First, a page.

Since negative values of y squared will be positive anyway, let’s ignore the absolute values for a moment. If 3 < y < 7, then what’s the largest value that y could have? The highest value is NOT 6. There is nothing in this problem stating that y has to be a positive integer, so it could have any decimal or fraction value. Thus, y could be
How many numbers on the number line are between that last number and 7? An infinite number of them! That’s the mind-boggling nature of the continuous infinity of the number line.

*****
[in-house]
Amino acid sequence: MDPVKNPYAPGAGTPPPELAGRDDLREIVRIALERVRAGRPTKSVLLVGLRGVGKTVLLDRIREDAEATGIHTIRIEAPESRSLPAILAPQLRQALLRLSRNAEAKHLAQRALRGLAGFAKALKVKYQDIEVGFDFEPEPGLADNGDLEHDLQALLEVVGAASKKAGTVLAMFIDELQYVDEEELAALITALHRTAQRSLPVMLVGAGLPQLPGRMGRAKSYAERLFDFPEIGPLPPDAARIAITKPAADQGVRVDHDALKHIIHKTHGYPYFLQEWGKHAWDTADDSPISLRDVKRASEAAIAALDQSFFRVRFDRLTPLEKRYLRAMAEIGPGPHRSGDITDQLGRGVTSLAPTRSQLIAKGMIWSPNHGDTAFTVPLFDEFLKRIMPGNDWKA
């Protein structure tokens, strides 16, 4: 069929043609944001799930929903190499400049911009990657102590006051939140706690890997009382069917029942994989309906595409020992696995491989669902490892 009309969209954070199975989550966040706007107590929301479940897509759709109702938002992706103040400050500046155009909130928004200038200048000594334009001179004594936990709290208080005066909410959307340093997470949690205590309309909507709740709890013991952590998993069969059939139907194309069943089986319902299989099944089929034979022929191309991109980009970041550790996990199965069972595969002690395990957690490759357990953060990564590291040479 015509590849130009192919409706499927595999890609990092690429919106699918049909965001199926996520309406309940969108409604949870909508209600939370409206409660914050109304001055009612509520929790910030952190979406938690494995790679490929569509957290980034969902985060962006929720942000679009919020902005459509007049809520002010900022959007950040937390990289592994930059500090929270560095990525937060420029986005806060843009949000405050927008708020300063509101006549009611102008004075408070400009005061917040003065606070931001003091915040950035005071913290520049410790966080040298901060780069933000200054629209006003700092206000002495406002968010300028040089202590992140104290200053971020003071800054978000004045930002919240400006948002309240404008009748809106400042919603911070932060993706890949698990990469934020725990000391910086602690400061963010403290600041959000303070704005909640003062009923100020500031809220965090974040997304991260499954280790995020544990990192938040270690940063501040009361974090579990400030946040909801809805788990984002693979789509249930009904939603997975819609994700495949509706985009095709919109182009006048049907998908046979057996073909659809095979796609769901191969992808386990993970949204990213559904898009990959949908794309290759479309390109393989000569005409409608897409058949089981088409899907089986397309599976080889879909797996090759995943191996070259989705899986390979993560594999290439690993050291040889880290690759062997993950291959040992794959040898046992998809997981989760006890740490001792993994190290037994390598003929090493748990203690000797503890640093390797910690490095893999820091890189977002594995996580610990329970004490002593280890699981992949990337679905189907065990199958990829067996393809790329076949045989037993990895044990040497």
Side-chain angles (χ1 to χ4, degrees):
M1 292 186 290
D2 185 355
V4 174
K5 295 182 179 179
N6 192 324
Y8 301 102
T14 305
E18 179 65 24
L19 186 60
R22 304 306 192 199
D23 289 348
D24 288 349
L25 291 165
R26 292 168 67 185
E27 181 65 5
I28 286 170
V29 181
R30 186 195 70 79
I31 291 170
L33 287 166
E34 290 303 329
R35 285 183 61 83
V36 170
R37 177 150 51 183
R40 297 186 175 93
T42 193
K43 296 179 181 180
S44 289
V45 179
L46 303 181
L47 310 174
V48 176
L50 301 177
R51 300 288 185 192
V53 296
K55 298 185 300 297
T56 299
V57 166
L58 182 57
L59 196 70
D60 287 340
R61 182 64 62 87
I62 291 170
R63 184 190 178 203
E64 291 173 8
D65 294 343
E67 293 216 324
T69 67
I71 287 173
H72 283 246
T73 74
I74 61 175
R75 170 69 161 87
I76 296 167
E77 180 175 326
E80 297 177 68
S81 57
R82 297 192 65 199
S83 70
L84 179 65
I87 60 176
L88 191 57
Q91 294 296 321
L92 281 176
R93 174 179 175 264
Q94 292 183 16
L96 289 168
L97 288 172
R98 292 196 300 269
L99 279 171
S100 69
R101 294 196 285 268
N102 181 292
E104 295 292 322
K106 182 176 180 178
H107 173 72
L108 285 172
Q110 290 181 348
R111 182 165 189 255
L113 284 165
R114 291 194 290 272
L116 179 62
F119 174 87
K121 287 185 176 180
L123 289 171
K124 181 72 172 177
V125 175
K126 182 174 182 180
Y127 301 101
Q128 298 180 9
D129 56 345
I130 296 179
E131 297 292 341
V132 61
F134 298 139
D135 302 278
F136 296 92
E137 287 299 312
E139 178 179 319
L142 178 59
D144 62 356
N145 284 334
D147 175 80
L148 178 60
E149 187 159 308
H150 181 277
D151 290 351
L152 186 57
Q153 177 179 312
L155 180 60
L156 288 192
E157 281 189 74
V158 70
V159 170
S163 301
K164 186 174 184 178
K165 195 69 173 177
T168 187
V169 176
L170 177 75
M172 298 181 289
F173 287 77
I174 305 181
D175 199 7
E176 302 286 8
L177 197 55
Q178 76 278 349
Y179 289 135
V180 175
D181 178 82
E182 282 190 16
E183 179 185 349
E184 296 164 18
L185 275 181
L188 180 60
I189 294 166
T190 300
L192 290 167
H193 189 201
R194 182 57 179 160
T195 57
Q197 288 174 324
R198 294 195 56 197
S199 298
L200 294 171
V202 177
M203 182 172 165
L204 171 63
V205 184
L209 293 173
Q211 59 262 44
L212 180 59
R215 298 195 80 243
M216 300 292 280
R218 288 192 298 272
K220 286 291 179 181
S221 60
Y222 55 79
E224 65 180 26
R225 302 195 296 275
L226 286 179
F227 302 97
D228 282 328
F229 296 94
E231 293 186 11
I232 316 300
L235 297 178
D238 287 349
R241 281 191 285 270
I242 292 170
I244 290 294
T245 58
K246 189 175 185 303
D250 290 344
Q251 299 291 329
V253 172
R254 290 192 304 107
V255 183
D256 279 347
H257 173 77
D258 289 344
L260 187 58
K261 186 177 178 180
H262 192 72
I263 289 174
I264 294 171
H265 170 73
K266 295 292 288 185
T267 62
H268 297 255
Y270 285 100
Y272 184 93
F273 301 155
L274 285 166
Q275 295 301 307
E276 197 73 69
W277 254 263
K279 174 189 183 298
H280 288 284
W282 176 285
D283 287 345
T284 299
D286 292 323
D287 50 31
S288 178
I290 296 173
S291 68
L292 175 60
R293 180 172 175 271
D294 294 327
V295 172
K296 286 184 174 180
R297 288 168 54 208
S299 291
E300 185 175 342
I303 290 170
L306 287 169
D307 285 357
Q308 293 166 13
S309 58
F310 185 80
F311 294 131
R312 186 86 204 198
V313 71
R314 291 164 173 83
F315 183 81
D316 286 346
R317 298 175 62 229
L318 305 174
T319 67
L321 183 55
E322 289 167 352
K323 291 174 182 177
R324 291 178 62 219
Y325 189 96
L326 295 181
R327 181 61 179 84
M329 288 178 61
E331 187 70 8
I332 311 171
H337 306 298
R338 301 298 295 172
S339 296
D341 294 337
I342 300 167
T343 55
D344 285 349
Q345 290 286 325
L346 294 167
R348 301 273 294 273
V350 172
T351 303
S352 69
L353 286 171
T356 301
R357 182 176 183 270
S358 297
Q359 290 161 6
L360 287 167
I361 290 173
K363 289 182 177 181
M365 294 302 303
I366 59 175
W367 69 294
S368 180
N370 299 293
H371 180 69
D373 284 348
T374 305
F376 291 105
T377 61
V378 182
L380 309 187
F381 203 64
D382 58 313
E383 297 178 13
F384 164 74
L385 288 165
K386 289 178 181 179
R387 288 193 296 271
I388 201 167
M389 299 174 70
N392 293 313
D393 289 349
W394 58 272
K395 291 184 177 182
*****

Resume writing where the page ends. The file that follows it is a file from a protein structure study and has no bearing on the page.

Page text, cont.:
It’s true that y could equal, say, 4. If y = 4, then
y2 + 5 = 16 + 5 = 21 < 50
That’s a value that would make column B bigger.
It’s also true that
48 < 49
Since both sides of that inequality are positive, we can take the square root of both sides.
That’s a legal value of y. If y = , then
y2 + 5 = 48 + 5 = 53 > 50
That’s a value that would make column A bigger.
Different valid choices of y give us different relationships between the columns. Thus, we do not have sufficient information to decide which column is bigger.
Answer = (D)
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